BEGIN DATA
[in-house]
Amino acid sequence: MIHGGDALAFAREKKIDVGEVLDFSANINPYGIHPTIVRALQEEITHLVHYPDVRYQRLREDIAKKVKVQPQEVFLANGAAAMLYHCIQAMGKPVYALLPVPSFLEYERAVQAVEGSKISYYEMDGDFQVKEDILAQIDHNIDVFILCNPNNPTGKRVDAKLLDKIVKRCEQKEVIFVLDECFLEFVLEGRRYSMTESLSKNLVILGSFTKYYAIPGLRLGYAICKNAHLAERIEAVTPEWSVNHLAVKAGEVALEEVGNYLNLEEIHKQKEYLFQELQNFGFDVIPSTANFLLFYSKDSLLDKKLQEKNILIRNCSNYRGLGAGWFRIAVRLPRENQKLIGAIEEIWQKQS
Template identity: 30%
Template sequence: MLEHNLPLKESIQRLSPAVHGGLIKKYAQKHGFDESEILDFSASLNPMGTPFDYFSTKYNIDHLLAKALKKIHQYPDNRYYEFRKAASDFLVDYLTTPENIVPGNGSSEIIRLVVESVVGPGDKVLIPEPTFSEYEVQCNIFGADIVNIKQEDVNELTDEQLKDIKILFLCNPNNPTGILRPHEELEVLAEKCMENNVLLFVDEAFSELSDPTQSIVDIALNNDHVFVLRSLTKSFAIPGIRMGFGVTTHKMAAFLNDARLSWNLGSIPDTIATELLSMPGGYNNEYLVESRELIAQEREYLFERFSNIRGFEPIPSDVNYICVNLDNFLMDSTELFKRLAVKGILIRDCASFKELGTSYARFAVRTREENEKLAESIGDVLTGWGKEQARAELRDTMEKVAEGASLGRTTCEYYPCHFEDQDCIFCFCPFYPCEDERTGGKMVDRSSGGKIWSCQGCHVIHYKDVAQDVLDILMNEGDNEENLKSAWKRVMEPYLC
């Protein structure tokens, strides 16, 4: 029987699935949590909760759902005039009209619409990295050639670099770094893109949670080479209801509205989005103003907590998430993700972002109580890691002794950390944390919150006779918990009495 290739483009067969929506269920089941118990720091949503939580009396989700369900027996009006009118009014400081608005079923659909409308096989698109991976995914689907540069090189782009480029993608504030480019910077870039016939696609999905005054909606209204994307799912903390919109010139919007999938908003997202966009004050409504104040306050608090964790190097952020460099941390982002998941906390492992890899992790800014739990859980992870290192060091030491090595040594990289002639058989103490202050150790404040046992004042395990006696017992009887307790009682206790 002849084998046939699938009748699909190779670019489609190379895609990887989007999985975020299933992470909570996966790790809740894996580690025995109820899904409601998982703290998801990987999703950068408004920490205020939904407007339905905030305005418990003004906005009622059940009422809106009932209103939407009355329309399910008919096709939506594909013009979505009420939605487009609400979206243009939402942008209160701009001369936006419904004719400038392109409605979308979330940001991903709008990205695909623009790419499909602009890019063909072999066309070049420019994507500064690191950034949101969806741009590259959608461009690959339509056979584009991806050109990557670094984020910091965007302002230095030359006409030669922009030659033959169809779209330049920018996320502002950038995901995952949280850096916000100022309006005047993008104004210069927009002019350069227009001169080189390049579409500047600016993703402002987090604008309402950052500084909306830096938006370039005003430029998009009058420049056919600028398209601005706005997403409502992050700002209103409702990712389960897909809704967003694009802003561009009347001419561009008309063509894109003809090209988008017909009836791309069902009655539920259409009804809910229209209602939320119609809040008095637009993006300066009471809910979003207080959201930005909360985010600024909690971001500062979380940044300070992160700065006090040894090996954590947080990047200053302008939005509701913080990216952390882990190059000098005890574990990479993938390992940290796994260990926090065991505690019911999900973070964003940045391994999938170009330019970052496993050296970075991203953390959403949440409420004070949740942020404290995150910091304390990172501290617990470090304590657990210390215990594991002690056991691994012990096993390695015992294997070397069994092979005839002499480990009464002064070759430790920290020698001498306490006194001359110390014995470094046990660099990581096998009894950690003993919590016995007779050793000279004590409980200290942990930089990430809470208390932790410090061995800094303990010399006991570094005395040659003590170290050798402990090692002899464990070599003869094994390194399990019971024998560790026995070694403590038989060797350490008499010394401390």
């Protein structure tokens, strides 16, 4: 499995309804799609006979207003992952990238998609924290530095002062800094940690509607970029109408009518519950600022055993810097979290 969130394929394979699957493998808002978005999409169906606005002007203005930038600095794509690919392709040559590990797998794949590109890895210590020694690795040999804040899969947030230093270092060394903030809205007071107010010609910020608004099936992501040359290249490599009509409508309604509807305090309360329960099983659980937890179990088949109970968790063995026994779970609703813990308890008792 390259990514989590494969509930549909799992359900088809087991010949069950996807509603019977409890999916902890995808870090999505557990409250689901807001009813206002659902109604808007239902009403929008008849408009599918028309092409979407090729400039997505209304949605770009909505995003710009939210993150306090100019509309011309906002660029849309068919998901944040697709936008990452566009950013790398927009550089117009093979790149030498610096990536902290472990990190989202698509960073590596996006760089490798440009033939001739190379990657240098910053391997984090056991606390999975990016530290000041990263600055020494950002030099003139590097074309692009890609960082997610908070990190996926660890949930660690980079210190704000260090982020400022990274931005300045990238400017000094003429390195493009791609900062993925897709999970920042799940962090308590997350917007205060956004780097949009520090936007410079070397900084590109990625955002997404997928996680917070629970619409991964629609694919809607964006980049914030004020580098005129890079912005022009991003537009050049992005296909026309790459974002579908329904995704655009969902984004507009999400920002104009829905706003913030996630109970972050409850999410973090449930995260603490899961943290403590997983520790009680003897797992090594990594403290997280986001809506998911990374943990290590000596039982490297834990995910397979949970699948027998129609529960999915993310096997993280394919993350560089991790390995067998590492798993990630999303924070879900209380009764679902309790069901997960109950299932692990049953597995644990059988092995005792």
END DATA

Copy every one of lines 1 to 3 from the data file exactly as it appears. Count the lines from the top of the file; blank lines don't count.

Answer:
[in-house]
Amino acid sequence: MIHGGDALAFAREKKIDVGEVLDFSANINPYGIHPTIVRALQEEITHLVHYPDVRYQRLREDIAKKVKVQPQEVFLANGAAAMLYHCIQAMGKPVYALLPVPSFLEYERAVQAVEGSKISYYEMDGDFQVKEDILAQIDHNIDVFILCNPNNPTGKRVDAKLLDKIVKRCEQKEVIFVLDECFLEFVLEGRRYSMTESLSKNLVILGSFTKYYAIPGLRLGYAICKNAHLAERIEAVTPEWSVNHLAVKAGEVALEEVGNYLNLEEIHKQKEYLFQELQNFGFDVIPSTANFLLFYSKDSLLDKKLQEKNILIRNCSNYRGLGAGWFRIAVRLPRENQKLIGAIEEIWQKQS
Template identity: 30%